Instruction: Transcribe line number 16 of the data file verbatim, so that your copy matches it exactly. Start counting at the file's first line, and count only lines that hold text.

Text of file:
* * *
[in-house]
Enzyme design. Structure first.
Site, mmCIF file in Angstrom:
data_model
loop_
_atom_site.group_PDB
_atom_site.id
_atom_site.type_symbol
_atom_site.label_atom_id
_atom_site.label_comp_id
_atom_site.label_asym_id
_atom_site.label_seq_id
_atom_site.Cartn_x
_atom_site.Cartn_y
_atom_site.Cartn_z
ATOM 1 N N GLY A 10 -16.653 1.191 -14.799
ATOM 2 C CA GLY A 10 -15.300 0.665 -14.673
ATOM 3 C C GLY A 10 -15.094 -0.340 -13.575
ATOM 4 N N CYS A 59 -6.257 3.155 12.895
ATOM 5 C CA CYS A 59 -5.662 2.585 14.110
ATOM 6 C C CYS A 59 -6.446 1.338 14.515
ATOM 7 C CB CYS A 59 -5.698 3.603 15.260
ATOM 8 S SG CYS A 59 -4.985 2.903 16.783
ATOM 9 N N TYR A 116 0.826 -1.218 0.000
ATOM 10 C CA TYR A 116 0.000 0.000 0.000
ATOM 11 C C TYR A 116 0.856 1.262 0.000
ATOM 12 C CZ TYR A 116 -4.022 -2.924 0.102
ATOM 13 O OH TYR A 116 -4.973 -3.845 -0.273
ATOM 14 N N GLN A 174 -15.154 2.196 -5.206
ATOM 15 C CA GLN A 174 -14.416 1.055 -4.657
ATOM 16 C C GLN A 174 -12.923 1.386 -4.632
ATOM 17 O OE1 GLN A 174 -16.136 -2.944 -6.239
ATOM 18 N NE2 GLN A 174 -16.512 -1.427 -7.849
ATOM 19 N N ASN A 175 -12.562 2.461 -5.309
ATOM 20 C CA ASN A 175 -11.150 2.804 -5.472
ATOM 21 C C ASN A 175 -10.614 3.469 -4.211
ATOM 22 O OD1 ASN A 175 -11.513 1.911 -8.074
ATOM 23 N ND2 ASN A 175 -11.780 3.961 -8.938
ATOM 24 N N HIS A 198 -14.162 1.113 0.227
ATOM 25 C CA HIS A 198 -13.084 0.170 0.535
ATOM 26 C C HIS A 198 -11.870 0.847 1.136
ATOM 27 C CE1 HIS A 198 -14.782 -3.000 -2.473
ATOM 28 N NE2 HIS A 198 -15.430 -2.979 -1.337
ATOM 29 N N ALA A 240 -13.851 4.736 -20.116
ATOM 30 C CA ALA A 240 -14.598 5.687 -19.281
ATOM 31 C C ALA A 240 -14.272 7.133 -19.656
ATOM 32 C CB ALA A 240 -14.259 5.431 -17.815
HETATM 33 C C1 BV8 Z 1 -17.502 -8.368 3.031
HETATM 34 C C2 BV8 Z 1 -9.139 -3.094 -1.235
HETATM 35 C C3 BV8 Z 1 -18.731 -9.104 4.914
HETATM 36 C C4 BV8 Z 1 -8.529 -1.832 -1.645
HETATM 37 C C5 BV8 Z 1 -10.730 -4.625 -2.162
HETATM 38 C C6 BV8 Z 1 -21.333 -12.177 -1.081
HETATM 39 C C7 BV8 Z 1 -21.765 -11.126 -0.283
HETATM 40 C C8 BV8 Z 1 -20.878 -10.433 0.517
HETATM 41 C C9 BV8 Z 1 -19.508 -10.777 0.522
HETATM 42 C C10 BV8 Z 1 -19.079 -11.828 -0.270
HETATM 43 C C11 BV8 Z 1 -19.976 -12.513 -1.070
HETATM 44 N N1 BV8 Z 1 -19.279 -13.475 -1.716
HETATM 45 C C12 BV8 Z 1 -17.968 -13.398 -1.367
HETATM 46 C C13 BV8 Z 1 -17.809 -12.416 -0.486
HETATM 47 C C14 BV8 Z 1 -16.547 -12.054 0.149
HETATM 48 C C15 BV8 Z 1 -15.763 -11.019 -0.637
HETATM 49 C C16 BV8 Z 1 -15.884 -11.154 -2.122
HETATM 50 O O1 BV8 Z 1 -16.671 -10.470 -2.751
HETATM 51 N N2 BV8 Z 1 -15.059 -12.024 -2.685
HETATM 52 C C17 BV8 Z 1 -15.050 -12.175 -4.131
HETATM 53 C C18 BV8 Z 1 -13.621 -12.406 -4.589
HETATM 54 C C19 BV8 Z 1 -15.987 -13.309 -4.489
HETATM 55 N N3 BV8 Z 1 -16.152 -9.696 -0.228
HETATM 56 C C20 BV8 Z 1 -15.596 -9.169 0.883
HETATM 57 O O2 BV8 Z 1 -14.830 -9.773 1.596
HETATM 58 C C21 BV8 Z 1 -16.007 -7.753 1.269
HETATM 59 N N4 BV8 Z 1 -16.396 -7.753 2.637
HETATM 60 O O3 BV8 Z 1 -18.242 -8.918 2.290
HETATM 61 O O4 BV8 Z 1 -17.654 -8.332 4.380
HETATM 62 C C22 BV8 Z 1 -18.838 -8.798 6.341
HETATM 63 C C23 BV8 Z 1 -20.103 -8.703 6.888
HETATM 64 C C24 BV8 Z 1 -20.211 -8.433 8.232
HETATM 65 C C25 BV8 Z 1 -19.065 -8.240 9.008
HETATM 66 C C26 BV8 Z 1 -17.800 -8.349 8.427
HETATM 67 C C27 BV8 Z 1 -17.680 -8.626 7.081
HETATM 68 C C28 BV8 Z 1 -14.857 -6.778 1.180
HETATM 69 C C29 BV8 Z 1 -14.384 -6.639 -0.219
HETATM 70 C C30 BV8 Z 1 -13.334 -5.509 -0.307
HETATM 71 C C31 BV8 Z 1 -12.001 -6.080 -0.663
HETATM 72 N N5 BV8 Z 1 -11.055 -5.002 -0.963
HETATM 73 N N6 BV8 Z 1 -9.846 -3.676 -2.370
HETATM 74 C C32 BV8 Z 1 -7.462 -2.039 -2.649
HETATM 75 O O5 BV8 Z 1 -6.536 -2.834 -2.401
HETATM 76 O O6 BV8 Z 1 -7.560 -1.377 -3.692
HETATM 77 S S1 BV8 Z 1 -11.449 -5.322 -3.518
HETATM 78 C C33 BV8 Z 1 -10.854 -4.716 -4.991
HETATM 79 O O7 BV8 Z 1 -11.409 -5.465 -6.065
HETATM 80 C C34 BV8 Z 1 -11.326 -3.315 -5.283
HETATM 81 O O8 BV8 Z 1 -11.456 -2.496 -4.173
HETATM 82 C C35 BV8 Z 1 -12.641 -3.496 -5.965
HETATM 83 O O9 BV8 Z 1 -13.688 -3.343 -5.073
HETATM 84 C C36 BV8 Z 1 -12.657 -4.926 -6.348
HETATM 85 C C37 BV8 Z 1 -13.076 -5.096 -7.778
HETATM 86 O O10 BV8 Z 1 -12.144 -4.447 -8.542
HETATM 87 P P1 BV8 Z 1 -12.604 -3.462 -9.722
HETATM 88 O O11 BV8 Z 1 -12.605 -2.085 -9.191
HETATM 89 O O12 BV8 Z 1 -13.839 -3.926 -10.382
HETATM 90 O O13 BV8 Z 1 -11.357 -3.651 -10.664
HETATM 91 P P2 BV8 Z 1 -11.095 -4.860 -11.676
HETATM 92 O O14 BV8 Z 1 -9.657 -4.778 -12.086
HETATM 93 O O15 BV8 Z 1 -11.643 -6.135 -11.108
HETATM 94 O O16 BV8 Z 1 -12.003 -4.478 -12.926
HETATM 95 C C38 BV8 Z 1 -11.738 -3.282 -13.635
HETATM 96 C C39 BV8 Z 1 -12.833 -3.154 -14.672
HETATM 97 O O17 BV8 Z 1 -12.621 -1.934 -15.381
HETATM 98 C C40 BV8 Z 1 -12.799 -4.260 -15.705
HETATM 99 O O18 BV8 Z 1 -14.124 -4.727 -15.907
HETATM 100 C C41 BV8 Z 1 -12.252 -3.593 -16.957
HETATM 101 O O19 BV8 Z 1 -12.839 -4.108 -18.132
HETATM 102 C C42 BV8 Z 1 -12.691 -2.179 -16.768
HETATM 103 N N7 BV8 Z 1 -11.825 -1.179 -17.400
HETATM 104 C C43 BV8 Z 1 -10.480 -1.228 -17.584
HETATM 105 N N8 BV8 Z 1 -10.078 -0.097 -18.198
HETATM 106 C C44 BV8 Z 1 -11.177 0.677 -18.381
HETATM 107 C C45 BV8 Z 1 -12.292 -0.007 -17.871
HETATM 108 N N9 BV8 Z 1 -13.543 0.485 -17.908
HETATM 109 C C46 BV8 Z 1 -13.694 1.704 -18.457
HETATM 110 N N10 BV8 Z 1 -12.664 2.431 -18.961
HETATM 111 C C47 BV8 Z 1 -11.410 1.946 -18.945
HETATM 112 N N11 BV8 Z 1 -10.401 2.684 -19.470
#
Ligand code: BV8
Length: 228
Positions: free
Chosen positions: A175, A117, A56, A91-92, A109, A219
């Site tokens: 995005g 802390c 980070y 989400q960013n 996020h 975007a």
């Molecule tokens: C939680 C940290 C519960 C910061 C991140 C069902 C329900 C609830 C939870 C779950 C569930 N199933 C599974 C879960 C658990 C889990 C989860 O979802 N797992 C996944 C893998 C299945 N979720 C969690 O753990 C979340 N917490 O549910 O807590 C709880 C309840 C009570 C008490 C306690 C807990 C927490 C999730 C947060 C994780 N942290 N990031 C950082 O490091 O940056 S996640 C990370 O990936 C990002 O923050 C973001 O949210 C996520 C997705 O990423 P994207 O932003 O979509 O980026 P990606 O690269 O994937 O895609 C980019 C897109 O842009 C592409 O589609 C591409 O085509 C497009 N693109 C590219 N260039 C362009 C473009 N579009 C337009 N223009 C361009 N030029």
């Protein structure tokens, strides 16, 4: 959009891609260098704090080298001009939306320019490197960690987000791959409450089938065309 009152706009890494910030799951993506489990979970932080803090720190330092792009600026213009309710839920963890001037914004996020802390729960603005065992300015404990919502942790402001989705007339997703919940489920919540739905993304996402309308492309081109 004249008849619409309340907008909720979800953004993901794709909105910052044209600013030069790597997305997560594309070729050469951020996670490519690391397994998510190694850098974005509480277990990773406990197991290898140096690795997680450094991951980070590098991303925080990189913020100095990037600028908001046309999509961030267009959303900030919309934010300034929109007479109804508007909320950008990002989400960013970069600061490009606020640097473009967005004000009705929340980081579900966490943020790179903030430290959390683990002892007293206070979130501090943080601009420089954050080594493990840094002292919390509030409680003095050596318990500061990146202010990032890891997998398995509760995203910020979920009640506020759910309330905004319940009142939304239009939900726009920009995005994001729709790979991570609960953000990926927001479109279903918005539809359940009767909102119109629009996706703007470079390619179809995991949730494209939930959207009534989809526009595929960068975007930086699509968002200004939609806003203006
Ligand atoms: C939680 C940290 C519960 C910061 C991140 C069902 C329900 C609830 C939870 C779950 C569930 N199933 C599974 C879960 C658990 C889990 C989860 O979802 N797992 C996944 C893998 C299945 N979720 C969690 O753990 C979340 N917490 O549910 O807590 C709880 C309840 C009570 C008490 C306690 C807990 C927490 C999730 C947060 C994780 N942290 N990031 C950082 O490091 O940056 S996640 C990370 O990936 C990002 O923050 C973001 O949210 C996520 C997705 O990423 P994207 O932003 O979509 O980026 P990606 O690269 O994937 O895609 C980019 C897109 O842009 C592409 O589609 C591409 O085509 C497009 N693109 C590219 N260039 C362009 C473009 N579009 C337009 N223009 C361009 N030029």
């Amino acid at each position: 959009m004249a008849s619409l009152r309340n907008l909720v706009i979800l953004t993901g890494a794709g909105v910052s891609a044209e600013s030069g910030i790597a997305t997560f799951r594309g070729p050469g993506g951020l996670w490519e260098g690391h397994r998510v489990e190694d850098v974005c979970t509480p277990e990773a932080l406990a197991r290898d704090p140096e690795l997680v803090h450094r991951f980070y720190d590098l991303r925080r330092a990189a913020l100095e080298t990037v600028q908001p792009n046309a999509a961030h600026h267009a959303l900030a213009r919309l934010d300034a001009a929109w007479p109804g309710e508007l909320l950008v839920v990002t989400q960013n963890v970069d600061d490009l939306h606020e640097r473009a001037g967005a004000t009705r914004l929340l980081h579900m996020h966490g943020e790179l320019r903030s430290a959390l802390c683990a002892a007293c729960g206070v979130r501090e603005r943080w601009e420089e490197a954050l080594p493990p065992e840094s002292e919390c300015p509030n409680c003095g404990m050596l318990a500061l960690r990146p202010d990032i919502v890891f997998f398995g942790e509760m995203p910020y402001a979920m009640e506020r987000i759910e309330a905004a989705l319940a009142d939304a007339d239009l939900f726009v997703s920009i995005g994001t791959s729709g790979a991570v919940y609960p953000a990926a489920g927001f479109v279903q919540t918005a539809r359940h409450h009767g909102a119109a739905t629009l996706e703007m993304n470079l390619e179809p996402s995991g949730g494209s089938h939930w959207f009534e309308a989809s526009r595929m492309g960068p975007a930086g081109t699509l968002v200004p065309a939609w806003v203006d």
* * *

ATOM 1 N N GLY A 10 -16.653 1.191 -14.799